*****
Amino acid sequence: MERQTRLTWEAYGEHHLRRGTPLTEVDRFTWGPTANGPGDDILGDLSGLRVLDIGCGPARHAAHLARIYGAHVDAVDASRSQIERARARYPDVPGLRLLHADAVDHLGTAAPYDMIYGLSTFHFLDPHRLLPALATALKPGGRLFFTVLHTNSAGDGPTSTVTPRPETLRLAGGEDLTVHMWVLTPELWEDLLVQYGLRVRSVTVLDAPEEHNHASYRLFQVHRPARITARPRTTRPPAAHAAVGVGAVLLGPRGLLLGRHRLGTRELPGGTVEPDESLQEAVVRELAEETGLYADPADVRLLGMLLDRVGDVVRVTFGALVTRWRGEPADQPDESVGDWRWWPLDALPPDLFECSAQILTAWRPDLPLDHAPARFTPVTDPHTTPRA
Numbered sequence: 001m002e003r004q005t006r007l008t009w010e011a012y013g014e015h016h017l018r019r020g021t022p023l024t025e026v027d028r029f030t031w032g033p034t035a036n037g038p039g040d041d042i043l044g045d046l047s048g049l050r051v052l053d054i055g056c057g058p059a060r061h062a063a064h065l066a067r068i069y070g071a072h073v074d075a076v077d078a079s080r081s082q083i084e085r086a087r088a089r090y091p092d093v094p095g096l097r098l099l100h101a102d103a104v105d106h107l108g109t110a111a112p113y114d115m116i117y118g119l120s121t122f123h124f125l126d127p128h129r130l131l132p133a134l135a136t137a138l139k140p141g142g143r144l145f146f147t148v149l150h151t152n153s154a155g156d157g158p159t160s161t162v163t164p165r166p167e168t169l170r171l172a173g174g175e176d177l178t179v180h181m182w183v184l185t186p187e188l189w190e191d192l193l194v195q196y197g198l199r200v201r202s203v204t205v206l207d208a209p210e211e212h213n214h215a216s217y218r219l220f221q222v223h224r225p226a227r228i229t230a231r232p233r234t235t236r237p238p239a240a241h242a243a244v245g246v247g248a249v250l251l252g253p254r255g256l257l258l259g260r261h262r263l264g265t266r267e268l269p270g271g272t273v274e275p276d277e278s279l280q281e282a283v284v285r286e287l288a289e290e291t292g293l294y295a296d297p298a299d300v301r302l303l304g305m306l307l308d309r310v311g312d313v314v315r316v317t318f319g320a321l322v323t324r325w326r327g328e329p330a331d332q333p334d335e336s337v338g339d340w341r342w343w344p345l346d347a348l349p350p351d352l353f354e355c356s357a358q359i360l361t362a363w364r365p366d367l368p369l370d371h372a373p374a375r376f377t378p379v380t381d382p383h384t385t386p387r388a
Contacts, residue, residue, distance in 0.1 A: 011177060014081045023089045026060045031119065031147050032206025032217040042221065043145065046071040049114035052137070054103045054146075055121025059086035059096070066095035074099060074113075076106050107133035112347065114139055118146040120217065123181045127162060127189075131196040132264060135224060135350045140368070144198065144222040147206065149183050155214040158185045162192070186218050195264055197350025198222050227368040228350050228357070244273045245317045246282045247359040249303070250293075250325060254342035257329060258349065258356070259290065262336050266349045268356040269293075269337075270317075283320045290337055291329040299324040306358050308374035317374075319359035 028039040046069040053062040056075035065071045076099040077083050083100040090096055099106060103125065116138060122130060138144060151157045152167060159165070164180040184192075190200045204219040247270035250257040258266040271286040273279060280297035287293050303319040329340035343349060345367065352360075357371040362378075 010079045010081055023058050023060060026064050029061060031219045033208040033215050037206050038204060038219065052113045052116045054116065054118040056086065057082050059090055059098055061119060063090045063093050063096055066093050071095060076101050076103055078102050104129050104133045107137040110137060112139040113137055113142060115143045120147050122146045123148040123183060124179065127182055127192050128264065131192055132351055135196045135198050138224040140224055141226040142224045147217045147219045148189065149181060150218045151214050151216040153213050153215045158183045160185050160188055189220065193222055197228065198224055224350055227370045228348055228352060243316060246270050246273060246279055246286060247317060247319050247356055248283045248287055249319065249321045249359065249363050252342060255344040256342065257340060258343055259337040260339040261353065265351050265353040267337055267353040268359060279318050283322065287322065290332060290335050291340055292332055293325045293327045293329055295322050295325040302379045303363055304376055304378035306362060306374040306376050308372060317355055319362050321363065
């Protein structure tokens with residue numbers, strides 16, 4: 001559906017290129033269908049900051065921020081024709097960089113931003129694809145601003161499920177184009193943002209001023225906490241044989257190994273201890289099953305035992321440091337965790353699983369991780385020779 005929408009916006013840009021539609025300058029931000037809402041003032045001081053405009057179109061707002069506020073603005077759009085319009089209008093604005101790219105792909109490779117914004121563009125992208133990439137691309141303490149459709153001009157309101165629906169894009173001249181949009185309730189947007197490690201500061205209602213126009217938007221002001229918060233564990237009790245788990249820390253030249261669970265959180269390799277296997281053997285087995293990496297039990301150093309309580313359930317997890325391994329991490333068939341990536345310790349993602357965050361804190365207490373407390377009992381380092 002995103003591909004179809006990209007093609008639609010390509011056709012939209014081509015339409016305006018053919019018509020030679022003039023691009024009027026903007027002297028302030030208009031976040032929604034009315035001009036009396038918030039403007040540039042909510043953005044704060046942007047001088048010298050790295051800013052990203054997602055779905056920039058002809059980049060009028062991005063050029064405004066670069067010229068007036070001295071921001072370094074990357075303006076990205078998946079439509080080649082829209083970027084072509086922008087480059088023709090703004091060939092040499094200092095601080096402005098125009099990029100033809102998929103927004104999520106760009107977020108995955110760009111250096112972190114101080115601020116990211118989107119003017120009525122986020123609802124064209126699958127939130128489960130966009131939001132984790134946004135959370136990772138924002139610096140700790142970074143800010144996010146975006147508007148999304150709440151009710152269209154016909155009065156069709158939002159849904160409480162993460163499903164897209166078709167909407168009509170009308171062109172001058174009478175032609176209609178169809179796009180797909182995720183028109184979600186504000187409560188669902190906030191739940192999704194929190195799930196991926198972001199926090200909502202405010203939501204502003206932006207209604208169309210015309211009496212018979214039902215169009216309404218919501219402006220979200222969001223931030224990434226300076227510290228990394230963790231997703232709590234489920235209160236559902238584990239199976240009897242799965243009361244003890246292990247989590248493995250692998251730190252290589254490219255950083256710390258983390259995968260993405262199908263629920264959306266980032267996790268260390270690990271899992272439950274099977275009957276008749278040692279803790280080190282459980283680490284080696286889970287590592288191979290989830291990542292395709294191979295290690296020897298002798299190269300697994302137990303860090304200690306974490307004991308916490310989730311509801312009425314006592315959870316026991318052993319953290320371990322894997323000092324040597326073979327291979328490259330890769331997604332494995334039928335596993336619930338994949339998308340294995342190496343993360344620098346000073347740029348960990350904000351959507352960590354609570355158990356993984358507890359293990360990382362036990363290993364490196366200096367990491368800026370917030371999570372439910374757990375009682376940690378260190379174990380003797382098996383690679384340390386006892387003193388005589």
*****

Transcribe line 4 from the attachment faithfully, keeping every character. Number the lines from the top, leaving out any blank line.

């Protein structure tokens with residue numbers, strides 16, 4: 001559906017290129033269908049900051065921020081024709097960089113931003129694809145601003161499920177184009193943002209001023225906490241044989257190994273201890289099953305035992321440091337965790353699983369991780385020779 005929408009916006013840009021539609025300058029931000037809402041003032045001081053405009057179109061707002069506020073603005077759009085319009089209008093604005101790219105792909109490779117914004121563009125992208133990439137691309141303490149459709153001009157309101165629906169894009173001249181949009185309730189947007197490690201500061205209602213126009217938007221002001229918060233564990237009790245788990249820390253030249261669970265959180269390799277296997281053997285087995293990496297039990301150093309309580313359930317997890325391994329991490333068939341990536345310790349993602357965050361804190365207490373407390377009992381380092 002995103003591909004179809006990209007093609008639609010390509011056709012939209014081509015339409016305006018053919019018509020030679022003039023691009024009027026903007027002297028302030030208009031976040032929604034009315035001009036009396038918030039403007040540039042909510043953005044704060046942007047001088048010298050790295051800013052990203054997602055779905056920039058002809059980049060009028062991005063050029064405004066670069067010229068007036070001295071921001072370094074990357075303006076990205078998946079439509080080649082829209083970027084072509086922008087480059088023709090703004091060939092040499094200092095601080096402005098125009099990029100033809102998929103927004104999520106760009107977020108995955110760009111250096112972190114101080115601020116990211118989107119003017120009525122986020123609802124064209126699958127939130128489960130966009131939001132984790134946004135959370136990772138924002139610096140700790142970074143800010144996010146975006147508007148999304150709440151009710152269209154016909155009065156069709158939002159849904160409480162993460163499903164897209166078709167909407168009509170009308171062109172001058174009478175032609176209609178169809179796009180797909182995720183028109184979600186504000187409560188669902190906030191739940192999704194929190195799930196991926198972001199926090200909502202405010203939501204502003206932006207209604208169309210015309211009496212018979214039902215169009216309404218919501219402006220979200222969001223931030224990434226300076227510290228990394230963790231997703232709590234489920235209160236559902238584990239199976240009897242799965243009361244003890246292990247989590248493995250692998251730190252290589254490219255950083256710390258983390259995968260993405262199908263629920264959306266980032267996790268260390270690990271899992272439950274099977275009957276008749278040692279803790280080190282459980283680490284080696286889970287590592288191979290989830291990542292395709294191979295290690296020897298002798299190269300697994302137990303860090304200690306974490307004991308916490310989730311509801312009425314006592315959870316026991318052993319953290320371990322894997323000092324040597326073979327291979328490259330890769331997604332494995334039928335596993336619930338994949339998308340294995342190496343993360344620098346000073347740029348960990350904000351959507352960590354609570355158990356993984358507890359293990360990382362036990363290993364490196366200096367990491368800026370917030371999570372439910374757990375009682376940690378260190379174990380003797382098996383690679384340390386006892387003193388005589």